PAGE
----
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Is there a Pennsylvania law in place that supports compensation for wrongfully convicted persons following their release?

Philadelphia, PA |

Let's say a person has been convicted and sentenced in Pennsylvania in 1989, only to have his/her innocence proven 24 years later for example. Is there legislation or has a law been passed that requires the state to render compensation to the wrongfully person?

Attorney Answers 5

  1. A civil rights action can be filed. However, unless there was some action by a government action that played a role in the conviction or hindered the release, I do not think there would be relief. I am not aware of any other means.

    This is not intended as individual legal advice and there is no attorney client relationship established by this answer. It is advisable that you seek individualized legal assistance. This is not a substitute for hiring an attorney.

  2. Pennsylvania does not have a statute as you describe. A Federal lawsuit my being relief but there is immunity issues and a very high threshold to over come. It is suggested that you meet with a civil rights attorney to determine if a cause of action exists. Good luck.

  3. You must have evidence of wrongful conduct on the part of the state for a successful civil rights action. A good source for you may be The Innocence Project at Temple University.

    I am an attorney in Pennsylvania but I am not currently *your* attorney. Nothing in my communication should be construed as creating an attorney/client relationship. Please contact me if you wish to retain me as your counsel.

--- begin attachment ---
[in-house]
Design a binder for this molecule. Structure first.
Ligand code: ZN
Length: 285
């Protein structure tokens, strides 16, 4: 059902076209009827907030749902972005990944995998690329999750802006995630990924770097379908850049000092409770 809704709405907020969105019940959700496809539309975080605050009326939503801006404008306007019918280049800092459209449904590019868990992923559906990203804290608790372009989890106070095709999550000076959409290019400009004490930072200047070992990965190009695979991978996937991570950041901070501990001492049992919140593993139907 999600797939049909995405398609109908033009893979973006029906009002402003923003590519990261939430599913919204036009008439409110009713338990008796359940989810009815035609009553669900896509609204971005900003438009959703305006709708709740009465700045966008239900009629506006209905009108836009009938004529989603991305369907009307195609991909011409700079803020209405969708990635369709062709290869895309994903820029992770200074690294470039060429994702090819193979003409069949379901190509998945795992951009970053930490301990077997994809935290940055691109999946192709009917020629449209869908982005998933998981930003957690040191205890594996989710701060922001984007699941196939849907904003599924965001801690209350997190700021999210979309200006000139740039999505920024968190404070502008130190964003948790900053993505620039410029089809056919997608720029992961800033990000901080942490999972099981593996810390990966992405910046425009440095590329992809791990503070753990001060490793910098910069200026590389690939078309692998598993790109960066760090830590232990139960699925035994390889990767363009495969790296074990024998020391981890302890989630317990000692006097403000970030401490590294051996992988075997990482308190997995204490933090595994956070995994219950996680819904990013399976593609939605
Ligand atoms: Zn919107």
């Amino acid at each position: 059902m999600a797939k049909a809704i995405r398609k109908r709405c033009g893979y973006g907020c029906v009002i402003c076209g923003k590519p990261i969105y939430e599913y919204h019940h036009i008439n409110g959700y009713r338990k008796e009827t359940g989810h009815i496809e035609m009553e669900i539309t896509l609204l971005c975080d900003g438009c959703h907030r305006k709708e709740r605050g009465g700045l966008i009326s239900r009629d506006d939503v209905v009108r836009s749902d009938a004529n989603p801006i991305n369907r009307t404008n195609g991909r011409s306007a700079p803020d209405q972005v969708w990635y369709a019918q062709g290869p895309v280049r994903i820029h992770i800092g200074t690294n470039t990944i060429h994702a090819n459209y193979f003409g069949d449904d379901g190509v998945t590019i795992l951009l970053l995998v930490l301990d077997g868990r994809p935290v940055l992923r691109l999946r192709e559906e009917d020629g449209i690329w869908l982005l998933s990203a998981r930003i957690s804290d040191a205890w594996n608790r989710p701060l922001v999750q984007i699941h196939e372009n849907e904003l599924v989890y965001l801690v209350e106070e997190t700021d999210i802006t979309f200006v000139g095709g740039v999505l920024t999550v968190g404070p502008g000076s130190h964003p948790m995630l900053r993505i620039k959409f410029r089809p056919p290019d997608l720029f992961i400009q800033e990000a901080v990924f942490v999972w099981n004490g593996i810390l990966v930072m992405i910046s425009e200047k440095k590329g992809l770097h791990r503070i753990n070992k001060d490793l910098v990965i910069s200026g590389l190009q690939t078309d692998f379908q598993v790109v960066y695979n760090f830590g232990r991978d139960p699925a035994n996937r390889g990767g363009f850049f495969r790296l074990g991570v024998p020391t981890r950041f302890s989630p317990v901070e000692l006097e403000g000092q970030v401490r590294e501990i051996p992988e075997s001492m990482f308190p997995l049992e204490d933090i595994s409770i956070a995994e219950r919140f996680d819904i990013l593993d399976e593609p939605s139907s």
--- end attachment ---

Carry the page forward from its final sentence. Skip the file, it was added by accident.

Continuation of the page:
4. "Is there legislation or has a law been passed that requires the state to render compensation to the wrongfully person?"


    This answer is informational only and does not create an attorney client relationship. I am not expressing an opinion on the merits of your case based on the facts above. My answer to this question might seems curt or mean. My job is not to be your friend, but to tell you the truth. Sometimes the truth hurts. You don't want a lawyer that tells you everything you want to hear, pats your head, rubs your belly, and gives you a balloon. That lawyer is not doing you any favors. This is not legal advice. This is free. You pay for legal advice.

  5. No. However, Mr. Doyle is correct that a civil rights action may be filed.